The ClosedPrivate Initiative
Just another weblog


Tyler Willis has the inside scoop.  He’s wrong, but he’s on a track.  Not a particularly accurate one, but a track nonetheless.  Secret Islands in the Pacific shaped like skulls is a little closer.  Or closed.


While Amazon is trying to figure out whether or not to be OpenSocial, we welcome them to ClosedPrivate.


Every startup needs a t-shirt. We’ve got them here at ClosedPrivate. We can’t show you a picture of them, but I’ll give you a hint – they are black on black. They are $29.95 each.

If you want one, please leave a comment below with your name, address, credit card #, and social security number. We promise we won’t give out this information to anyone.


This weekend I was asked to present on the topic of ClosedPrivate vs. OpenSocial at a conference. Clearly, the organizers do not get it. ClosedPrivate isn’t a movement to be evangelized. It needs no evangelism. It stands on its own. I told this to the gentleman inquiring and said that I would not discuss ClosedPrivate. His response, I quote:

How do the things I want to keep private stay private and the things I want public get public and how do you make it easy to differentiate the gradients in between.

ClosedPrivate isn’t just about gradients. I’ve heard this before. While others speak of not requiring openness or transparency, but instead that an organization must be approaching openness and transparency with ClosedPrivate it’s important to note privacy and closed-mindedness is the goal that ClosedPrivate can help you attain.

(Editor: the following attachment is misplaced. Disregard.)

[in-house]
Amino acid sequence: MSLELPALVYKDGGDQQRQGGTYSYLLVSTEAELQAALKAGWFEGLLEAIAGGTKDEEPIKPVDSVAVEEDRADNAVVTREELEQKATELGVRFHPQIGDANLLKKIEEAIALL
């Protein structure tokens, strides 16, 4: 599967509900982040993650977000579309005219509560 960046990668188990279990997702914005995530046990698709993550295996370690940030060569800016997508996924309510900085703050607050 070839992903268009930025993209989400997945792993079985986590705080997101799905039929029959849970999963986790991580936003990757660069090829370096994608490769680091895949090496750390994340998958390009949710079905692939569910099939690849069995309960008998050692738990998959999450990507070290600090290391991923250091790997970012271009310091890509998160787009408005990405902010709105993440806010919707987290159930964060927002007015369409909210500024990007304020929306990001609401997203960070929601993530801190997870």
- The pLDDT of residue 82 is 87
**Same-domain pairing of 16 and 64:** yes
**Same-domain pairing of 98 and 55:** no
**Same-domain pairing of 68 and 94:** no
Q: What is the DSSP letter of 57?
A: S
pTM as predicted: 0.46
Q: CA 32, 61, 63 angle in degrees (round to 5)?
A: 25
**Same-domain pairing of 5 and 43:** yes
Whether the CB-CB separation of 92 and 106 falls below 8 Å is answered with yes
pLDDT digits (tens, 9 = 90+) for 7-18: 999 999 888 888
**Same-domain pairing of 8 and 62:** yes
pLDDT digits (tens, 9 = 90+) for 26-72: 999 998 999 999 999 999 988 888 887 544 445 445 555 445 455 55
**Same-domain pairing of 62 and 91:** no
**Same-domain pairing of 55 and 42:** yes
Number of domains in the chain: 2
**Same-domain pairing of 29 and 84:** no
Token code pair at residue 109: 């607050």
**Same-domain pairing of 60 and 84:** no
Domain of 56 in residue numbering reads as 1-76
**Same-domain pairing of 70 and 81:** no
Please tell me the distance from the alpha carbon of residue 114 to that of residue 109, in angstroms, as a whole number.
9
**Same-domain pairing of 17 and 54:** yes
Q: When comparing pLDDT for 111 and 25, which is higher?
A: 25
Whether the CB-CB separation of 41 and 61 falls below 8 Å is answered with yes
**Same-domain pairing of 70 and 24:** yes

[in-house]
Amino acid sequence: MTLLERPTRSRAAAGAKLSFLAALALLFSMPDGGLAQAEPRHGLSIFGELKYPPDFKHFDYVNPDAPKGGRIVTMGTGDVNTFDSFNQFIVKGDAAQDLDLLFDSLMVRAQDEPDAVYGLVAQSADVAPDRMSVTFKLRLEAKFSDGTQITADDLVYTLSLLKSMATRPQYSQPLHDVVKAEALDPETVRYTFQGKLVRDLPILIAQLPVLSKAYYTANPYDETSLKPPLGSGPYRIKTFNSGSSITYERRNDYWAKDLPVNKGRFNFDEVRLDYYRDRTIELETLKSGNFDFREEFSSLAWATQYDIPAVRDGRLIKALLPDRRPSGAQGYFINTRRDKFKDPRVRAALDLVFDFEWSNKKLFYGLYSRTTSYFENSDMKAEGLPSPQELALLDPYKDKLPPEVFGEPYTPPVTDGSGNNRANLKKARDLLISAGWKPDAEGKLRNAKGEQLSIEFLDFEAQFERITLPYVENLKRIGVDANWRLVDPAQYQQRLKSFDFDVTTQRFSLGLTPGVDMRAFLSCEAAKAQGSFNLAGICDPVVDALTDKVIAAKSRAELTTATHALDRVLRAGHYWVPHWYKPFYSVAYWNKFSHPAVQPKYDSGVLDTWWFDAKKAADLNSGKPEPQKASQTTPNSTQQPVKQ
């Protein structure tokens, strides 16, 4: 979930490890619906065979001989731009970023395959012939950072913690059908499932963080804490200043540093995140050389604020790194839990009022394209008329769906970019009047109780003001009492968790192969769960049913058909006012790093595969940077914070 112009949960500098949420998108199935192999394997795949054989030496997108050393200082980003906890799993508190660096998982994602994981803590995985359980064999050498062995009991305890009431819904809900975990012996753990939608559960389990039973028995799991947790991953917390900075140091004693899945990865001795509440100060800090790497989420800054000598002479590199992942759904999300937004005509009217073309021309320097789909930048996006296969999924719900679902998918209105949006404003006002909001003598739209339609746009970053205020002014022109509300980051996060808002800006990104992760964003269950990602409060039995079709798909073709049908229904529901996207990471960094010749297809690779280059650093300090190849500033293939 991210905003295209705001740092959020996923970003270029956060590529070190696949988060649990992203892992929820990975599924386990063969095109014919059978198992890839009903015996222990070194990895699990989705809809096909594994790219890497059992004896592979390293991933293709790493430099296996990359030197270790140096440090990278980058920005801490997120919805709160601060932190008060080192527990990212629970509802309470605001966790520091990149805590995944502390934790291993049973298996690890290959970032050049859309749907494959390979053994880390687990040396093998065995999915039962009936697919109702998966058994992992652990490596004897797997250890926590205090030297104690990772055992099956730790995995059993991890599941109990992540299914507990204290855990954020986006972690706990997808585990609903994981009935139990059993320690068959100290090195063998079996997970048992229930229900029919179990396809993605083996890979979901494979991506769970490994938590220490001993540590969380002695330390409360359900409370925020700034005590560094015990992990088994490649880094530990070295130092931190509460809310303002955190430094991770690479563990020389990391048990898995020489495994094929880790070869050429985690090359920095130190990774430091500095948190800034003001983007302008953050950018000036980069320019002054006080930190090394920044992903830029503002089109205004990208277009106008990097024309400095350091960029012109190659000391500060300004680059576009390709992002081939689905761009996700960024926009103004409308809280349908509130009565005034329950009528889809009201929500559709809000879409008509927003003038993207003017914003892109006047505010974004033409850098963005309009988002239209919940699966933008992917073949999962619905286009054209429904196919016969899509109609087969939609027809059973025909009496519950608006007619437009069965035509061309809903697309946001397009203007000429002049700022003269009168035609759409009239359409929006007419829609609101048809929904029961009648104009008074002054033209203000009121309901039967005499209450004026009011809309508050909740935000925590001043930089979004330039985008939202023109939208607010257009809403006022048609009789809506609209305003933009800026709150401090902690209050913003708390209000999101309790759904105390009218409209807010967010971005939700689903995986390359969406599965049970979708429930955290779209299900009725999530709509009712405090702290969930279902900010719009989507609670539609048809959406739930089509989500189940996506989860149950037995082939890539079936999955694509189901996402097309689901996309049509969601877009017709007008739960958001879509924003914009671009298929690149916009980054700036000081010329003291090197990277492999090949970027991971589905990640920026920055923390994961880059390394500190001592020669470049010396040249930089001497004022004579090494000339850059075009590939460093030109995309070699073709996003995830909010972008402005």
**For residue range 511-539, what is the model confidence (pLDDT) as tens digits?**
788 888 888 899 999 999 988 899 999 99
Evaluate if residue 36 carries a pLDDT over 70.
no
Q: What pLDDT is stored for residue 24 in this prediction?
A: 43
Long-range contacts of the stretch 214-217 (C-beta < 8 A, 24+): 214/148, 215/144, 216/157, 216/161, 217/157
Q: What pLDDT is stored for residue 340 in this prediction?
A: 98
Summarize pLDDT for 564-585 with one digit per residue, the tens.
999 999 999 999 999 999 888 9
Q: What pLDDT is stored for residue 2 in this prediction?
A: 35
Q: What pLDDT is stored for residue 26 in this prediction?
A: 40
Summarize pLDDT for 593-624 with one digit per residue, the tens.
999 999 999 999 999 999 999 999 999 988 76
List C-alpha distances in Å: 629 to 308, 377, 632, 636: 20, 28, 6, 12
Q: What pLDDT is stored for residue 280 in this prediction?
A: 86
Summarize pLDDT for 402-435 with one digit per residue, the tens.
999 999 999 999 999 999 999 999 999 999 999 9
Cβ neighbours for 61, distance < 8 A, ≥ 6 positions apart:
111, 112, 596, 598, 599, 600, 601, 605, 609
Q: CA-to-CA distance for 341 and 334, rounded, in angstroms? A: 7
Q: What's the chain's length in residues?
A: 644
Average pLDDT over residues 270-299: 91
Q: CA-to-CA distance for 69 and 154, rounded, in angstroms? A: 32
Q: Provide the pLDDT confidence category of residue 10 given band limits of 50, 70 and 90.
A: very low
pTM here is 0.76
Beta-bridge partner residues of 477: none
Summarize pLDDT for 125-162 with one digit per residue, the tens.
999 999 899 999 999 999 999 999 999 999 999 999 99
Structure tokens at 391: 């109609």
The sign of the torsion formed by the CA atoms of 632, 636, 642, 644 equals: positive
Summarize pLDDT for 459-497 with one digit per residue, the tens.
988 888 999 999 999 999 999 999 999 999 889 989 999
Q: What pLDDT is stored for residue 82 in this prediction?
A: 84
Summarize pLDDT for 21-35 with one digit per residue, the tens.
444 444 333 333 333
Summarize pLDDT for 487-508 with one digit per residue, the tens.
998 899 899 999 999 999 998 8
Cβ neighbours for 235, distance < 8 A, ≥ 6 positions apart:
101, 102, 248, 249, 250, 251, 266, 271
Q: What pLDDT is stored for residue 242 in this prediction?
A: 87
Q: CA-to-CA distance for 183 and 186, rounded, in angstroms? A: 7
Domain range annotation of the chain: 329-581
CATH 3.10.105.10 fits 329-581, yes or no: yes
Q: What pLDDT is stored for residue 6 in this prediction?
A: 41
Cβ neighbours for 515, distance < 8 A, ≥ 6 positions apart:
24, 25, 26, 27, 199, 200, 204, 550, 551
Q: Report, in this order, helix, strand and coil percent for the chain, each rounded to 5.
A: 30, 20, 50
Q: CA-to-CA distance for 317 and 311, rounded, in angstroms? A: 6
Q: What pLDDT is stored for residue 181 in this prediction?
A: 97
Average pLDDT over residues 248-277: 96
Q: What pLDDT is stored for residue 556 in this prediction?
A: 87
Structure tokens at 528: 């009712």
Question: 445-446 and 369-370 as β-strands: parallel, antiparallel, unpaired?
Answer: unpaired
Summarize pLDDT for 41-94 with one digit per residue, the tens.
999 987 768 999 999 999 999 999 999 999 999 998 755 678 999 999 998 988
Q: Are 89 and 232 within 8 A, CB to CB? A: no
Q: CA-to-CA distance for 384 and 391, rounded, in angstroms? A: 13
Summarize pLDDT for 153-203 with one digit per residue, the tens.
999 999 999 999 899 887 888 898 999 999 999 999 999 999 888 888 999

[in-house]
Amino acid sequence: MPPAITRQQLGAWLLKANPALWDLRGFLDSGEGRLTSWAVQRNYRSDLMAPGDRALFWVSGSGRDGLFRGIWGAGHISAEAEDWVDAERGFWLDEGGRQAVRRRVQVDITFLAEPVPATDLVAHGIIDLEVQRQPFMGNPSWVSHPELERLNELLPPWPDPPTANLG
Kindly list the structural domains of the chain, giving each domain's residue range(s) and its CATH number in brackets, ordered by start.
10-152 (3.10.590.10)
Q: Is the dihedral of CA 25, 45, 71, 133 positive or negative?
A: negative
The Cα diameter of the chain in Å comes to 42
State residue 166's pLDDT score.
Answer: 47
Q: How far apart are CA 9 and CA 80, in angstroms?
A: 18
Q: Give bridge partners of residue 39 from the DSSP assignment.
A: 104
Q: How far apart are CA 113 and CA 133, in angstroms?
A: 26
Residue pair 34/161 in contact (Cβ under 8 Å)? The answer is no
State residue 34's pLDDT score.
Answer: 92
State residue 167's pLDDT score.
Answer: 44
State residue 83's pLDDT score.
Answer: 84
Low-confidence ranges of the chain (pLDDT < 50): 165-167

There have been a lot of conversations where the CEO walked into the CIOs office and asked what is this ClosedPrivate thing, like they did 10 years ago about the internet, and what is our strategy? Three key questions:

  • Articulating the value — less concerned about hard ROI, but do want to know how to think about the value delivered
  • Help with selection decisions — how to differentiate among available tools
  • Help with deployment efforts — what is the playbook for ensuring adoption and exploitation

If you’re looking to deploy ClosedPrivate in the enterprise you need to develop models and frameworks, present theories to managers. A knowledge worker’s view of the enterprise has a group in which she has strong ties with. Far smaller than the 150 Robin Dunbar number. Then there is a larger group of weak ties, dispersed around the organization. Then there is the even larger group of potential ties, people who she could or should have a tie with. And, let’s not kid ourselves, there are people we have no need to connect with, or do we? In this bullseye picture, each ring as a different set of activities, and a prototypical technology to serve each ring. ClosedPrivate permeates all these.

At some point, there is a mashup to be done with this bullseye. This with ClosedPrivate will leverage a bifurcation of emphasis on the known and unknown. The implicit and explicit. With ClosedPrivate mapping tools one can tie strength to the threshold to prevent participation.

Let’s not kid ourselves. It’s really that simple. I mean really, if you don’t get this now–you will soon enough.